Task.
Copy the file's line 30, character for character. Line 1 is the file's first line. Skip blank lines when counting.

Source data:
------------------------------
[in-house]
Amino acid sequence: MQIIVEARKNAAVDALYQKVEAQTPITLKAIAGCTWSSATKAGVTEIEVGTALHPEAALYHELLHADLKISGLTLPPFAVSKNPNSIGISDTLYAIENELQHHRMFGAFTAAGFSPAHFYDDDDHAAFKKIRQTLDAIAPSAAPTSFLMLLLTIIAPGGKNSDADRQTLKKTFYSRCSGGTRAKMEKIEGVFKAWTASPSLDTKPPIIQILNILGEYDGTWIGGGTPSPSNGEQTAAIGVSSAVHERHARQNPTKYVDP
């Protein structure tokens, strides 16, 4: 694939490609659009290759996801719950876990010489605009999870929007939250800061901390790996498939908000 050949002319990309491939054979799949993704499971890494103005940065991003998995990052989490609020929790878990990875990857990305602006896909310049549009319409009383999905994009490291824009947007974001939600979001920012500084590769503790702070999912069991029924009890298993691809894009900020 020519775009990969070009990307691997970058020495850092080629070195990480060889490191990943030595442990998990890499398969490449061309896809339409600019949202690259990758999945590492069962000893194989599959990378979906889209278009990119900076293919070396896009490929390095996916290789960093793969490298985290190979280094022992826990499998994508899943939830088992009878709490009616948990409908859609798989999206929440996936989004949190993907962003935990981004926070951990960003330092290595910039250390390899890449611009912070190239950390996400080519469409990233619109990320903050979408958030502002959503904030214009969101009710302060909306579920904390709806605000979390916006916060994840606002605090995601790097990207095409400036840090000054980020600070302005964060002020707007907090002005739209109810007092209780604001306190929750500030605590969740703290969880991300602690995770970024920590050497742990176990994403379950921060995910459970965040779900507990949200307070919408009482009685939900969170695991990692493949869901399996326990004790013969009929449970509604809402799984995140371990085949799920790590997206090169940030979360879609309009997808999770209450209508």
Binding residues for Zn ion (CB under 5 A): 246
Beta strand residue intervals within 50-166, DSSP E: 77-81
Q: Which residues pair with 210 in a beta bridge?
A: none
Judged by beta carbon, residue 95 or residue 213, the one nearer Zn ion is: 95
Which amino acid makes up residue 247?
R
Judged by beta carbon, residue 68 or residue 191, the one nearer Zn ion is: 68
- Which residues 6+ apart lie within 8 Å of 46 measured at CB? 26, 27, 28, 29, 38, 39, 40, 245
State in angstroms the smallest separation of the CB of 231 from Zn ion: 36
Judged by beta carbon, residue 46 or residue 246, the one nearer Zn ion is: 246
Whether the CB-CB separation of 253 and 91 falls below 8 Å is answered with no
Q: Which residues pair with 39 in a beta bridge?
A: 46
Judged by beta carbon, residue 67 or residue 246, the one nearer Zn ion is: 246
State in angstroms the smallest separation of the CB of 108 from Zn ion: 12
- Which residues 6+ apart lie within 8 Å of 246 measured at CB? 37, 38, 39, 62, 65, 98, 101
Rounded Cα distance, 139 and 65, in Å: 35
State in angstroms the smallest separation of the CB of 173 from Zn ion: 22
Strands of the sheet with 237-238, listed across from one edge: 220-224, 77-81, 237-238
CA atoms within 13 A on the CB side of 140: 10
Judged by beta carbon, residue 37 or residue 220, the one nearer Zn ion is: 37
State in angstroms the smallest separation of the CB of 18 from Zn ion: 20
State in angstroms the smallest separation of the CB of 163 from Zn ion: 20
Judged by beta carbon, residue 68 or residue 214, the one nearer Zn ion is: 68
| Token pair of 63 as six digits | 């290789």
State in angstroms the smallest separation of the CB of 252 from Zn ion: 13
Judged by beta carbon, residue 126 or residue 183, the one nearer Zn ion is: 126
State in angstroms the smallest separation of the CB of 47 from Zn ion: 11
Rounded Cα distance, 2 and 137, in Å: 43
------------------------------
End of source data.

State in angstroms the smallest separation of the CB of 252 from Zn ion: 13